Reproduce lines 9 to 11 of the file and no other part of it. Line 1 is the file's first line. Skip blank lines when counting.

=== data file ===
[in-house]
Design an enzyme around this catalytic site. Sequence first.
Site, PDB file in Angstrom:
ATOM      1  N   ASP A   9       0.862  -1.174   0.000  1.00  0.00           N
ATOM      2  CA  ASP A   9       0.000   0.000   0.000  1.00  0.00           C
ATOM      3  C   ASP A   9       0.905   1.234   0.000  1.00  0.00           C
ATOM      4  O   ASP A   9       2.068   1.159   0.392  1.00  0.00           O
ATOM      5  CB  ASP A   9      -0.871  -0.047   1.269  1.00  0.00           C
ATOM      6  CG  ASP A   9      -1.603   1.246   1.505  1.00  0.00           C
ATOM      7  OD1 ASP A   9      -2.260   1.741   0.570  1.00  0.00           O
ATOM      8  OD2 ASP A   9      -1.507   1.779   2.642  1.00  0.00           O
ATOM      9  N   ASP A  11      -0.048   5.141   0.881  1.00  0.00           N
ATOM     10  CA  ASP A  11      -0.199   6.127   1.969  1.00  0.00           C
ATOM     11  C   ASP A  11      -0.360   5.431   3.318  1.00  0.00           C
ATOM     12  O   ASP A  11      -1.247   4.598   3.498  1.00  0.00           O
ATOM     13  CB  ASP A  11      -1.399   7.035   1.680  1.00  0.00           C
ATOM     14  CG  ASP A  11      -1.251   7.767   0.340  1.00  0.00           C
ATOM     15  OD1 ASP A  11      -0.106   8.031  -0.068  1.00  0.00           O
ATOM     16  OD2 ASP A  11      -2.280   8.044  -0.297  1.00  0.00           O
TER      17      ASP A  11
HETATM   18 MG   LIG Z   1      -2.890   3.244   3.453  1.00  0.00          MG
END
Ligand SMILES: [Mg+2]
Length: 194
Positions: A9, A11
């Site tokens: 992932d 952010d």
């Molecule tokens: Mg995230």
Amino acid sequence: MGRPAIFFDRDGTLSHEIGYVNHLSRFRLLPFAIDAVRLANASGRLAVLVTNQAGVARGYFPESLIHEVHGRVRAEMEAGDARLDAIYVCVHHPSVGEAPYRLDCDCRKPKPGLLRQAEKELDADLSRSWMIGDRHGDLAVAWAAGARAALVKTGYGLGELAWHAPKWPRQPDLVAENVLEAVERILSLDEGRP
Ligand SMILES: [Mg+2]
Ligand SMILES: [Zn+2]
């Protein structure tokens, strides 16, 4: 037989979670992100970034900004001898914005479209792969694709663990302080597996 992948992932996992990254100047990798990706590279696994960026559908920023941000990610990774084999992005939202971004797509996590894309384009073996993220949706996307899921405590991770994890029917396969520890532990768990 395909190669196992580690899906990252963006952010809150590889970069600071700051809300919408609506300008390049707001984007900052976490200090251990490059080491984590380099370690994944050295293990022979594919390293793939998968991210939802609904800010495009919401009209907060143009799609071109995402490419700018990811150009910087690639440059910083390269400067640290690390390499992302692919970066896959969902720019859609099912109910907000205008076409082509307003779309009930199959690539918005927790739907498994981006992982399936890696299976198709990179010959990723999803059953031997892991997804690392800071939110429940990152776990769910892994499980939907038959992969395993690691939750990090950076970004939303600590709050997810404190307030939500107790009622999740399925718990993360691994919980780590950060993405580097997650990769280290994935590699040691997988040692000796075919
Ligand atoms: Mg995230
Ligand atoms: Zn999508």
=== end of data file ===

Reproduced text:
ATOM      6  CG  ASP A   9      -1.603   1.246   1.505  1.00  0.00           C
ATOM      7  OD1 ASP A   9      -2.260   1.741   0.570  1.00  0.00           O
ATOM      8  OD2 ASP A   9      -1.507   1.779   2.642  1.00  0.00           O